On appeal, a chancellor's findings of fact, approved by a court en banc, have all the force and effect of a jury verdict, if they are supported by adequate evidence, and ordinarily will not be disturbed on appeal. In Sendick v. Matvey, 391 Pa. 286, 138 A.2d 92 (1957), Mr. Justice BENJAMIN R. JONES, speaking for the Court said, at page 290: "Our scope of review in an appeal of this type was recently discussed by this Court in Commonwealth Trust Company, Admr. v. Szabo, 391 Pa. 272, 138 A.2d 85, wherein we said: 'In passing upon the questions raised on this appeal we must adhere to the well-established rule that a chancellor's findings of fact, approved by a court en banc, have all the force and effect of a jury's verdict if they are supported by adequate evidence and ordinarily will not be disturbed on appeal: Gagnon v. Speback, 389 Pa. 17, 20, 131 A.2d 619; Mann v. Mann, 387 Pa. 230, 233, 127 A.2d 666; Eways v. Reading Parking Authority, 385 Pa. 592, 601, 124 A.2d 92; Brightbill v. Boeshore, 385 Pa. 69, 79, 122 A.2d 38. However, the chancellor's "conclusions, whether of law or ultimate fact are no more than his reasoning from the underlying facts and are reviewable", especially "where the underlying facts themselves are not in esse but are matter of inference and deduction": Kelly v. Philadelphia, 382 Pa. 459, 465, 115 A.2d

[ 408 Pa. Page 491238]

; Eways v. Reading Parking Authority, supra, p. 601; Peters v. Machikas, 378 Pa. 52, 56, 105 A.2d 708. Furthermore, a chancellor's findings of fact, even though approved by a court en banc, need not be accepted as conclusive if there is no evidence to support them or if they are based on an inference erroneously taken (Essick et al. v. Shillam et al., 347 Pa. 373, 32 A.2d 416; Potter et al. v. Brown et al., 328 Pa. 554, 563, 195 A. 901), or where the evidence, in order to prevail, must be clear, precise and indubitable or must meet some other prescribed standard (Stafford v. Reed, 363 Pa. 405, 407, 70 A.2d 305).'"

Dedication of land results when a landowner offers property for public use and it is accepted by or in behalf of the public and the dedication largely depends on the intention of the owner of the land. There must be an offer and an acceptance, 11 P.L.E. Dedication, §§ 1 and 2.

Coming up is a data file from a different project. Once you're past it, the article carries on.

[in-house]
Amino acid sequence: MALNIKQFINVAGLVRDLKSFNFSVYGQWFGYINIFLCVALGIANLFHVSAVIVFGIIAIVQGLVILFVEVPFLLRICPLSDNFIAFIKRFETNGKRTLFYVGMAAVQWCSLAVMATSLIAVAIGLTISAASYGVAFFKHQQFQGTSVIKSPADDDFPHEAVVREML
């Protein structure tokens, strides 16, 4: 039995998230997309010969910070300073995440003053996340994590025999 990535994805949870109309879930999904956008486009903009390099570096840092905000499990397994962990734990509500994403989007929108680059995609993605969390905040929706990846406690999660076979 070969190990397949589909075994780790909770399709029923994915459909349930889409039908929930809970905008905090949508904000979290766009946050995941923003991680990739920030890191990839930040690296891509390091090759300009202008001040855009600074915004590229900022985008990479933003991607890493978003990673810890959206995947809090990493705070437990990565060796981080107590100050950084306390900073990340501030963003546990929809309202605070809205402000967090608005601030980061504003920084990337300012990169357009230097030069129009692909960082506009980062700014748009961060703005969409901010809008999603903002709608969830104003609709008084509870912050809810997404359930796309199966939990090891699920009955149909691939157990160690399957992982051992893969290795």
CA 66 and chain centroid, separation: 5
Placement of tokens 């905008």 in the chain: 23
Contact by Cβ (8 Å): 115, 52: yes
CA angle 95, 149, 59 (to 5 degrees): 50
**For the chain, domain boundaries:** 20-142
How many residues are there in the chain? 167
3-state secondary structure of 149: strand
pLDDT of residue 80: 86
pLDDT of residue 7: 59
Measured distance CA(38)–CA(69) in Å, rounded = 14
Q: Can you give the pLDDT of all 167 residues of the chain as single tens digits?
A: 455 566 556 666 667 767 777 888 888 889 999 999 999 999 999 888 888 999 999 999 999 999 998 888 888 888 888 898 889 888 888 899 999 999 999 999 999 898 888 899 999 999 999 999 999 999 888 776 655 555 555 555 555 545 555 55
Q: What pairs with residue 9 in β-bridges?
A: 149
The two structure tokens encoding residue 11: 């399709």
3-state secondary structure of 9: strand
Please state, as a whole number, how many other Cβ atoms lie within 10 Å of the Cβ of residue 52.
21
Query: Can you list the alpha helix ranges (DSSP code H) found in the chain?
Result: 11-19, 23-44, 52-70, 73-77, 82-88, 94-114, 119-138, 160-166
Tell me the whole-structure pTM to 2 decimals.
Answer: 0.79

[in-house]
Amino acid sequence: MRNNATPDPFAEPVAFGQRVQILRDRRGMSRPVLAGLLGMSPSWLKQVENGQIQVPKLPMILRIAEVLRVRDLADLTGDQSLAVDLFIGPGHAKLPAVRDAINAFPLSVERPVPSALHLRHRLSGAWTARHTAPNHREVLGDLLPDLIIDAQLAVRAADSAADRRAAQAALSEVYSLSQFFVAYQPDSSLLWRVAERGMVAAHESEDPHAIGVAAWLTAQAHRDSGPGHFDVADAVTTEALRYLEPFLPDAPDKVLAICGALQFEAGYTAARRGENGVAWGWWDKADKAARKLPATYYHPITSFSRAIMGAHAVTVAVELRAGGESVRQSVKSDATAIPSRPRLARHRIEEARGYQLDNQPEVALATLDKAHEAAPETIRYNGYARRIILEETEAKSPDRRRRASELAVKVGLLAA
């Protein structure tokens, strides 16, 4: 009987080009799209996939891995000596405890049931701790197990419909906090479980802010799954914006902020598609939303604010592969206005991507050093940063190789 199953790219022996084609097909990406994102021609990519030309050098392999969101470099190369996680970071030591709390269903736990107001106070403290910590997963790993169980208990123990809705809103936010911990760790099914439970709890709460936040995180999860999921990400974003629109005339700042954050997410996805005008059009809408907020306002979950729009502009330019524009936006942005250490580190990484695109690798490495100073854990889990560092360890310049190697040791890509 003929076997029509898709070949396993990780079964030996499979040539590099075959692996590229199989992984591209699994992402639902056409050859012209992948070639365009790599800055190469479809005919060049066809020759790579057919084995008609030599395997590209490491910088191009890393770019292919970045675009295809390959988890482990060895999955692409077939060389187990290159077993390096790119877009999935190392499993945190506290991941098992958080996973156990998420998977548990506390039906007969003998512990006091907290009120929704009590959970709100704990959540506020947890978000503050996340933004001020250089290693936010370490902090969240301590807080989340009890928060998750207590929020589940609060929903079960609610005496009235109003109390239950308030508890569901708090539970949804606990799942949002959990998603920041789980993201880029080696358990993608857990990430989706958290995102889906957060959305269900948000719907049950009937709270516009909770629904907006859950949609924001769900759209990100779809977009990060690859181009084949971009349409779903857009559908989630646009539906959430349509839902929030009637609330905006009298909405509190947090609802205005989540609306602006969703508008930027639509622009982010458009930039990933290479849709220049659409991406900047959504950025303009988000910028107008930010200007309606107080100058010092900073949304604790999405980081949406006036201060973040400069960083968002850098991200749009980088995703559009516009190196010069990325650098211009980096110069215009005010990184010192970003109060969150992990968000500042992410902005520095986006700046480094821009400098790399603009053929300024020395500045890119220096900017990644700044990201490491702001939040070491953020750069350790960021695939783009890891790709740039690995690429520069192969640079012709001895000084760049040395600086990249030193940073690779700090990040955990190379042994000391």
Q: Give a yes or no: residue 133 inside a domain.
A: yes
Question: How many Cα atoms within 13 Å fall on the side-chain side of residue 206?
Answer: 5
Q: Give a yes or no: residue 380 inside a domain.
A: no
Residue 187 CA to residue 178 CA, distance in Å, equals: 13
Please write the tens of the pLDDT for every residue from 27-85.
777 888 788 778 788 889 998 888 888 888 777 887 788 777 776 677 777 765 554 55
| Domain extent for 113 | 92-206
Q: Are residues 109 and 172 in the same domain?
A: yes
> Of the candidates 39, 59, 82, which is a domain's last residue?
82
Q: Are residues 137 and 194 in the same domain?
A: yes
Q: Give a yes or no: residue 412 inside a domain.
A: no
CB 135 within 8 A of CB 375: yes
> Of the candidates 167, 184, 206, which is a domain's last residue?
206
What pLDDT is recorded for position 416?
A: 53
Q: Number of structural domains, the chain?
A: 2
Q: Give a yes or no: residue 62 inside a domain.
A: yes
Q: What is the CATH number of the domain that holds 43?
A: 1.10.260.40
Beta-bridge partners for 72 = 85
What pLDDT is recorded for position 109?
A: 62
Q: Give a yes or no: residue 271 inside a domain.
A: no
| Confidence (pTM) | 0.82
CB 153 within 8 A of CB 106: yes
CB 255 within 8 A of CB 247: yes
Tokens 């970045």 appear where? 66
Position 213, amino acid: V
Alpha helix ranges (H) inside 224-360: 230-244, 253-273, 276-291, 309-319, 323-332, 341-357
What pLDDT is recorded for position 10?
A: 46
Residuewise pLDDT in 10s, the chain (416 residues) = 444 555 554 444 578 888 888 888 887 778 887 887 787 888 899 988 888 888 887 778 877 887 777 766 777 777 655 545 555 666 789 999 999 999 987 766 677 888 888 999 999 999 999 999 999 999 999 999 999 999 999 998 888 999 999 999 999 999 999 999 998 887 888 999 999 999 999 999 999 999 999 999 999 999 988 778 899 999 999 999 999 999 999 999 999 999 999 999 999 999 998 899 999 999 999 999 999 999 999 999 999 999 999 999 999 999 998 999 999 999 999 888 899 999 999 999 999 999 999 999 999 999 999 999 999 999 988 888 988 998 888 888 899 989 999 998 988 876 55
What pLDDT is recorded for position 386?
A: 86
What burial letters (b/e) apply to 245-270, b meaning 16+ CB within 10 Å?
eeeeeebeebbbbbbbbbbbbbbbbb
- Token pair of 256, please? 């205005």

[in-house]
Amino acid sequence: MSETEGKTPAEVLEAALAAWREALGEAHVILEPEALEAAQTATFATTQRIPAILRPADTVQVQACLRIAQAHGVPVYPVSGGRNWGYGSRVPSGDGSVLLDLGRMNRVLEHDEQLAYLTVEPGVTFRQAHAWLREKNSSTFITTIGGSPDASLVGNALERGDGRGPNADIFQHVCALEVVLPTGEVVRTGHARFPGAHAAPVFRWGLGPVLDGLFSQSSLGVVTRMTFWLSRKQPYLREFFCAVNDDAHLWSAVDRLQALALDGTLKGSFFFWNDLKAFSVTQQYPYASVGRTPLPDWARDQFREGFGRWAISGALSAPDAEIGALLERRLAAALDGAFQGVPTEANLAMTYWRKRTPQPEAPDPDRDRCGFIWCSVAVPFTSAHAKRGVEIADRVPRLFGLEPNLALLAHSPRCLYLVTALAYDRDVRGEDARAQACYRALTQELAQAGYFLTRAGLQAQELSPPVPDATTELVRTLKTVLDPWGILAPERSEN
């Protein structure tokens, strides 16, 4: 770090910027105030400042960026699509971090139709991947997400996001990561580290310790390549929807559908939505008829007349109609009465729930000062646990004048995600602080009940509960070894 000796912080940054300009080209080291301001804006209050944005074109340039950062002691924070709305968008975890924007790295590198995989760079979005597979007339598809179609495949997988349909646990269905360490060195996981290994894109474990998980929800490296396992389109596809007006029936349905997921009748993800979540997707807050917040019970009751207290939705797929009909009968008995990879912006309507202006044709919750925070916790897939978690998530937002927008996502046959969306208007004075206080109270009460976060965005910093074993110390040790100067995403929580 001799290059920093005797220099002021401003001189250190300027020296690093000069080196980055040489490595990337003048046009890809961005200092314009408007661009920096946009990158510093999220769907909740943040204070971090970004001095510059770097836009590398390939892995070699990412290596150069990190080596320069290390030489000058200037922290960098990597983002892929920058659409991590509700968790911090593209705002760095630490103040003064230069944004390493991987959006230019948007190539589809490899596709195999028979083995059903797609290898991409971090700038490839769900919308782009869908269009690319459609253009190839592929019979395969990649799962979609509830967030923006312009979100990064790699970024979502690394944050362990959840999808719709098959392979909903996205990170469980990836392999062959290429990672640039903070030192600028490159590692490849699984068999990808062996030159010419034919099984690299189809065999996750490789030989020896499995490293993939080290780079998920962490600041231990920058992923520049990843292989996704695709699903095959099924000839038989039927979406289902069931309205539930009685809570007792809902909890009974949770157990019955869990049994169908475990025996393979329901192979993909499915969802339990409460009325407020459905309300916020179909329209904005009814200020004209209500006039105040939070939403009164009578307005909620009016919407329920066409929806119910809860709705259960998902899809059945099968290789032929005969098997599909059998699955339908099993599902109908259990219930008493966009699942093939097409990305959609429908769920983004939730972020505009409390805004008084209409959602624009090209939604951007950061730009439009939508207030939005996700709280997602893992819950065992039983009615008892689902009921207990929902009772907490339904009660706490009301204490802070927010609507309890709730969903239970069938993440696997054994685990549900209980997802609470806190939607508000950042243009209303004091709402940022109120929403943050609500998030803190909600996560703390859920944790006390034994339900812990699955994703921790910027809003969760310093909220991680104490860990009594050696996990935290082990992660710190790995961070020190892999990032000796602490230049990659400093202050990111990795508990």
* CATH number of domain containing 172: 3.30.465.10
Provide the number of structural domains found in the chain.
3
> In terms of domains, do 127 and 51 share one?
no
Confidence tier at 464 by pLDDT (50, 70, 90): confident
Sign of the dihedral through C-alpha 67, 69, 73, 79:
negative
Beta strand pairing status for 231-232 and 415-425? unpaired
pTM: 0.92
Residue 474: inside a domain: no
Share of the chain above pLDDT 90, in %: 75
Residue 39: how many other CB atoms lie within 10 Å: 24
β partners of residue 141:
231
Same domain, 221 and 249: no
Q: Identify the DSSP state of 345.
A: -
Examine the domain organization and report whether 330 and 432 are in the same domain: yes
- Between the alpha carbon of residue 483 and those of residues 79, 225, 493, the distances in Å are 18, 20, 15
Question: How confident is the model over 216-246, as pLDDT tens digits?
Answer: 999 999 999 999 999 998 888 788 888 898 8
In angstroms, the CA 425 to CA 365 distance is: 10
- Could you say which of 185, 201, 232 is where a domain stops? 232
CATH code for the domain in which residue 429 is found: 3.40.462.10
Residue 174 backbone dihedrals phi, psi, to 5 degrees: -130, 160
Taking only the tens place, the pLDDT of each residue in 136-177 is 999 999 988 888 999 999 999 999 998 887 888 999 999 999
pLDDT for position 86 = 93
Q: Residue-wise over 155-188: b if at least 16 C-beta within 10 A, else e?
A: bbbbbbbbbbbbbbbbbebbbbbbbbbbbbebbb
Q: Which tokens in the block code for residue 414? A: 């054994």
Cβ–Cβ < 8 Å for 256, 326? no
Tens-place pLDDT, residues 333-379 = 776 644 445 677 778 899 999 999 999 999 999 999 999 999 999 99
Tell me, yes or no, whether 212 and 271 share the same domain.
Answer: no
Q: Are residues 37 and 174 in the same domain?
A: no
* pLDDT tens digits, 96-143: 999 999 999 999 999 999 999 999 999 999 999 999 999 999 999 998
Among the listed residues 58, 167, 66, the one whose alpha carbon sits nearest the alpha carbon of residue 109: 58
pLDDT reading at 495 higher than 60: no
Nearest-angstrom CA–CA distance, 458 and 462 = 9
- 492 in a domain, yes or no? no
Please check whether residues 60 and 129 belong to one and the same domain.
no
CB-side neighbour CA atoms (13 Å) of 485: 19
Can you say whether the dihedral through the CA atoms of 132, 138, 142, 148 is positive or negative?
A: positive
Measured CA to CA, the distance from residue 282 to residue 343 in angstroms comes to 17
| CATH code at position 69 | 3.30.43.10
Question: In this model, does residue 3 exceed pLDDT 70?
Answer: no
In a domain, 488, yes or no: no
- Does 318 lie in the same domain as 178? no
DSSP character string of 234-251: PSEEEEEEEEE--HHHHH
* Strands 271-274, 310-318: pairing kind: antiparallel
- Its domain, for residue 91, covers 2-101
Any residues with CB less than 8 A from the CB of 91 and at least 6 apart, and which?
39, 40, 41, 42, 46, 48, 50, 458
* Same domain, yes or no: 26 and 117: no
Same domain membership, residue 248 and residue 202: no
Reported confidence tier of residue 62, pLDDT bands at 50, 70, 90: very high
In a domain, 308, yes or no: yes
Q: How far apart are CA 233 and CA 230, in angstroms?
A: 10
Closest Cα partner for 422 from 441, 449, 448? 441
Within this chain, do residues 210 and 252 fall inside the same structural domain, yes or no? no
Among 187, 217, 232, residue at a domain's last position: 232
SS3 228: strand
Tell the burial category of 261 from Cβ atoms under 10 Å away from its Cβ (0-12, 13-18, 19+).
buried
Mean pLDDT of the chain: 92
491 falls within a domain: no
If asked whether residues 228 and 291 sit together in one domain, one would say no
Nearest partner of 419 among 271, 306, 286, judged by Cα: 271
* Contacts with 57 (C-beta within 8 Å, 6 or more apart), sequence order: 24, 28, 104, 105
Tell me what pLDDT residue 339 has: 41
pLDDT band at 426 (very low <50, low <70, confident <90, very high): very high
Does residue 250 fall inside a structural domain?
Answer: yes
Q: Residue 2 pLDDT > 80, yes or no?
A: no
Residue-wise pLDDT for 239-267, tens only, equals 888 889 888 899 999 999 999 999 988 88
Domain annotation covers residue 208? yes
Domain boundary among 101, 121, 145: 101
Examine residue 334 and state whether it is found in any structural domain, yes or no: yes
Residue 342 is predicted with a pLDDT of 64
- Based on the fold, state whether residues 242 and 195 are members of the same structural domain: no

Judge ERVIN, speaking for the Superior Court, in Vendetti Appeal, 181 Pa. Superior Ct. 214, 124 A.2d 448 (1956) said, at page 220: "Dedication has a partial analogy to a contract and requires a consideration of the elements of offer and acceptance. The offer of dedication may be made in a number of ways. It may be made by the express declaration of the party or by acts, deed, or plat. 16 Am. Jur. Dedication §§ 4, 19.*fn1 Dedication rests upon the intention of the owners, and the circumstances must indicate an abandonment of the property to the community. Peterson v. Marianna Borough, 310 Pa. 524, 165 A. 838; Versailles Twp. Authority v. McKeesport, 171 Pa. Superior Ct. 377, 90 A.2d 581, Sedwick v. Blaney, 177 Pa. Superior Ct. 423, 110 A.2d 902. No particular formality is requisite to constitute a dedication upon the part of the owner. Any

[ 408 Pa. Page 492]

    act which clearly indicates an intention to dedicate is sufficient. Waters v. Philadelphia, 208 Pa. 189, 57 A. 523."

See also 64 Dickinson L. Rev. 312 (1960).

A dedication is the devotion of land to a public use by an unequivocal act of the owner of the fee, manifesting the intention that it shall be accepted and used presently or in the future for such public purpose. 26 C.J.S. page 398. This Court said in Peterson v. Marianna Borough, 310 Pa. 524, 165 A. 838 (1933) at page 528: "Our Court in the case of Scott v. Donora Southern R.R. Co., 222 Pa. 634, 643, 72 A. 282, laid down this principle: 'A dedication to the public use must rest on the intention or clear assent of the owner, and must be under such circumstances as to indicate an abandonment to the use of the community.' In the case of Verona Boro. v. Allegheny Valley R.R., 152 Pa. 368, 25 A. 518, we also said: 'Where the dedication of a street is sought to be established either by the recording of a plan or by the actual use of the street by the public or by such acceptance by the public as would be binding upon the owner by estoppel, the evidence must be clear.' See also Shamokin v. Helt, 250 Pa. 80, 95 A. 385."